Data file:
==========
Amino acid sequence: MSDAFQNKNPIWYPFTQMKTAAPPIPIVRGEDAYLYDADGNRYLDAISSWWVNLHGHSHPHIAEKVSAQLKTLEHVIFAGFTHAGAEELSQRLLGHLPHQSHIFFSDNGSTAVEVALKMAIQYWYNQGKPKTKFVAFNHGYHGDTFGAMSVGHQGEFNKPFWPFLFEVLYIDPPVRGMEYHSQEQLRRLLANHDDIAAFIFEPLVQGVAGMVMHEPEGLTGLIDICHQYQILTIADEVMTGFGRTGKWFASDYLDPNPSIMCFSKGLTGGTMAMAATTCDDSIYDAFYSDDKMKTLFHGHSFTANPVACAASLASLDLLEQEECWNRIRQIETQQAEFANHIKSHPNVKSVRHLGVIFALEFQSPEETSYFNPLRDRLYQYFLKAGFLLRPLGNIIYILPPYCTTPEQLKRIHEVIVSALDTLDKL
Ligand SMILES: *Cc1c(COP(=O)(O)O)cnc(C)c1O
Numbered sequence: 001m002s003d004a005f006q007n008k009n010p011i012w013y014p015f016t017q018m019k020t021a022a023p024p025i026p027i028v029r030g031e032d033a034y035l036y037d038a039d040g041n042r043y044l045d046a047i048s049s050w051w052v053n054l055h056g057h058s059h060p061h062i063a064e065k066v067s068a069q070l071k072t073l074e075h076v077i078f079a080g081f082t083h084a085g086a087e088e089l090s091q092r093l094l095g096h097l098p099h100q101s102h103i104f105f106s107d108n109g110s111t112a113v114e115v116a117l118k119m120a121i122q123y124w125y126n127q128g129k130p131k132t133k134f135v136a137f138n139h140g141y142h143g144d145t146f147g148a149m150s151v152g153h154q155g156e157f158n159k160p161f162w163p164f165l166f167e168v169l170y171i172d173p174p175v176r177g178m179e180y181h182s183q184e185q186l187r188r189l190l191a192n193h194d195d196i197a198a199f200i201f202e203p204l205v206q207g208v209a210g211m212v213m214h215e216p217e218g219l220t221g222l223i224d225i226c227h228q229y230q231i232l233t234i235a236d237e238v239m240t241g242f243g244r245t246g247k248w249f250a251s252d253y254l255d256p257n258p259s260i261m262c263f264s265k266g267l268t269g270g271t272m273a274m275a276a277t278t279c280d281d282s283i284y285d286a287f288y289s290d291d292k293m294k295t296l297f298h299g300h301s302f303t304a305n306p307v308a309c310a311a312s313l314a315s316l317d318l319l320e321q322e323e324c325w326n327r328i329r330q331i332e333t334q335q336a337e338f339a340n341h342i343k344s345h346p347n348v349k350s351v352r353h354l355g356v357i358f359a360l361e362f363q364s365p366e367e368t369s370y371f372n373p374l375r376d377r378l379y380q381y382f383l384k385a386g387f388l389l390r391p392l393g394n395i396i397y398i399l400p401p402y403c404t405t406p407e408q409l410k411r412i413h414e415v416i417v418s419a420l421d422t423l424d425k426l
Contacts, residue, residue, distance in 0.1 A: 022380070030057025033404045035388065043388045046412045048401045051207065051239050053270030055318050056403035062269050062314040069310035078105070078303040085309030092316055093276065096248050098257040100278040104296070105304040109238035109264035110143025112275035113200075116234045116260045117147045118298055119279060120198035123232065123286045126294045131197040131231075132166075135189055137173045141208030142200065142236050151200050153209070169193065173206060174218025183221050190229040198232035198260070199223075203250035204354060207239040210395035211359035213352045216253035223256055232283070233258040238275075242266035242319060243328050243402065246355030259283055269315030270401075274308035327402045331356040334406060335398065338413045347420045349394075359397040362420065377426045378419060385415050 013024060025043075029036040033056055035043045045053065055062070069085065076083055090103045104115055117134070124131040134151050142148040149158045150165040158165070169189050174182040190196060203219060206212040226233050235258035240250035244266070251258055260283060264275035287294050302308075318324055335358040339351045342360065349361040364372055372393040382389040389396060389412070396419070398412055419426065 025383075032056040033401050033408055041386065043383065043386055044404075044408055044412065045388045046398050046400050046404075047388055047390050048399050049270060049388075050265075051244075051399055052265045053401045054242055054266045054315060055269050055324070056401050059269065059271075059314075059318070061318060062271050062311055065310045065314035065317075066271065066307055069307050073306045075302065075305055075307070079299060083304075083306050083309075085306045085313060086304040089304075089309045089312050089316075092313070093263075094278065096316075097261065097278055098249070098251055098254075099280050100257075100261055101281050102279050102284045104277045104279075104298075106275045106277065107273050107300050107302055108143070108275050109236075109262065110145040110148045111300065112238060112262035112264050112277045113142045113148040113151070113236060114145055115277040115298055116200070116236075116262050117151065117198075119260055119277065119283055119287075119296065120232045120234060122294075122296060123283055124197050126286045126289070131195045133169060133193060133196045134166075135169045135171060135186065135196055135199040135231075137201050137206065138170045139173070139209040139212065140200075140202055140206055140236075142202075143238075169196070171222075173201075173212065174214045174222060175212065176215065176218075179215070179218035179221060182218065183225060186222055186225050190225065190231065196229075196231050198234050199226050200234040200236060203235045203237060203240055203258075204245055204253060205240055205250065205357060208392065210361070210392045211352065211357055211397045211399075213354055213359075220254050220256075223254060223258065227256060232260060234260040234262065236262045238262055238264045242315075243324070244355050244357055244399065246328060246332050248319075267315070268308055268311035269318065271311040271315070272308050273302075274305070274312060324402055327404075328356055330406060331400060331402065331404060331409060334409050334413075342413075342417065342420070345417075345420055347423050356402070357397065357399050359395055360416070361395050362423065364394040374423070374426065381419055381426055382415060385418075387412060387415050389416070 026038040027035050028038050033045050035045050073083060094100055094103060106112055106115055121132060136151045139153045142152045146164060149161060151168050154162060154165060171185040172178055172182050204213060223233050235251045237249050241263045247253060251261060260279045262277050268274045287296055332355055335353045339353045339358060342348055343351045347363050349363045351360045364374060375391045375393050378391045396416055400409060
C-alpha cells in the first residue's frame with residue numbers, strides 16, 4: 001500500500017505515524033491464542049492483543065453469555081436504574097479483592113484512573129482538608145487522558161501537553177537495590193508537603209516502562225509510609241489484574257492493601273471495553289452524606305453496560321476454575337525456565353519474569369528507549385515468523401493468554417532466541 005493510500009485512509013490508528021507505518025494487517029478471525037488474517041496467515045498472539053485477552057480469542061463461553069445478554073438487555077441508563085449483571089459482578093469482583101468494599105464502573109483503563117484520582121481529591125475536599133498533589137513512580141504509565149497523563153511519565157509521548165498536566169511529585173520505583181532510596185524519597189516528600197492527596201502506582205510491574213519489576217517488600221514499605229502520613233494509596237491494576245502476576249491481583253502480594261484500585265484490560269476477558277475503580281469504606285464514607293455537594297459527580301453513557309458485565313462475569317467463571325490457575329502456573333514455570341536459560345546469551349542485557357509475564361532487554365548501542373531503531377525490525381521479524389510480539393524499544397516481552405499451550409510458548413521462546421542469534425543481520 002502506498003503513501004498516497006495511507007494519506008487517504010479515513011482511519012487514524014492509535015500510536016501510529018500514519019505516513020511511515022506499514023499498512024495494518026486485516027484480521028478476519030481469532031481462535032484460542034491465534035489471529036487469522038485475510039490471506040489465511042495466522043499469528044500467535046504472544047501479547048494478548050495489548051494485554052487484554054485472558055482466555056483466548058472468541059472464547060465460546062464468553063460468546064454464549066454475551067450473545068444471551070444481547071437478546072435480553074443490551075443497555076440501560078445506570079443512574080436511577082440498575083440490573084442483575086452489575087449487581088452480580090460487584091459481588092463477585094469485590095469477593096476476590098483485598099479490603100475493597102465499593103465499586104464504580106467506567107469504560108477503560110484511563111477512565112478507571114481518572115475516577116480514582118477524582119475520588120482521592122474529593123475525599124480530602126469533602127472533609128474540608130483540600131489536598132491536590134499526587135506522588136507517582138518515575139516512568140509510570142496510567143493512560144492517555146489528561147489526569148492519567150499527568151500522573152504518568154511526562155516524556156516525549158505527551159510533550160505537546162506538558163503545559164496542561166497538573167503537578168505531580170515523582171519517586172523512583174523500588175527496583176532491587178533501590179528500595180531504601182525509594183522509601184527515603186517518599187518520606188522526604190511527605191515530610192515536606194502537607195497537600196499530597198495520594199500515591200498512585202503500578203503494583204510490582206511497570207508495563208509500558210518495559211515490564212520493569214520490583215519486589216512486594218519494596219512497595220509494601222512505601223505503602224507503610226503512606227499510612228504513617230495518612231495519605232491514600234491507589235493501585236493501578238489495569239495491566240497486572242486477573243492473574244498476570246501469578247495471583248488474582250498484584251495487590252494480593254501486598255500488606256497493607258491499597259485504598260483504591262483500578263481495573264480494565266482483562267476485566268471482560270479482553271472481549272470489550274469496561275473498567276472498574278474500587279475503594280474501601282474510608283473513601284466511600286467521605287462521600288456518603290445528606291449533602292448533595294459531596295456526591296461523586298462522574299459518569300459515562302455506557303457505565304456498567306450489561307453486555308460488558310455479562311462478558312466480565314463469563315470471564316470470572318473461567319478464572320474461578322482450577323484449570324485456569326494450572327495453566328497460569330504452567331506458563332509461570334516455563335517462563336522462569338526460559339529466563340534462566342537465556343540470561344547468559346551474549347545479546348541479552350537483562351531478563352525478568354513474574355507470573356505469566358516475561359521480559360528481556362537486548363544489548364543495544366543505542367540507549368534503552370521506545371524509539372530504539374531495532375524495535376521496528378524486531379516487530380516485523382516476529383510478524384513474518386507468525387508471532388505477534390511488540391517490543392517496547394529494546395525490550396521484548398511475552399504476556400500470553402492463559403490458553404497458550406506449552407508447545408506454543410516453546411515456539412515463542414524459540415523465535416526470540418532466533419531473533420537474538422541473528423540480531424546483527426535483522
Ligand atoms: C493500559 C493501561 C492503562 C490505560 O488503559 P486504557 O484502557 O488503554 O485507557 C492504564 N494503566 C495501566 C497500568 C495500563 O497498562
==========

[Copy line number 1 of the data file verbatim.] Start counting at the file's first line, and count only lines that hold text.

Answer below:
Amino acid sequence: MSDAFQNKNPIWYPFTQMKTAAPPIPIVRGEDAYLYDADGNRYLDAISSWWVNLHGHSHPHIAEKVSAQLKTLEHVIFAGFTHAGAEELSQRLLGHLPHQSHIFFSDNGSTAVEVALKMAIQYWYNQGKPKTKFVAFNHGYHGDTFGAMSVGHQGEFNKPFWPFLFEVLYIDPPVRGMEYHSQEQLRRLLANHDDIAAFIFEPLVQGVAGMVMHEPEGLTGLIDICHQYQILTIADEVMTGFGRTGKWFASDYLDPNPSIMCFSKGLTGGTMAMAATTCDDSIYDAFYSDDKMKTLFHGHSFTANPVACAASLASLDLLEQEECWNRIRQIETQQAEFANHIKSHPNVKSVRHLGVIFALEFQSPEETSYFNPLRDRLYQYFLKAGFLLRPLGNIIYILPPYCTTPEQLKRIHEVIVSALDTLDKL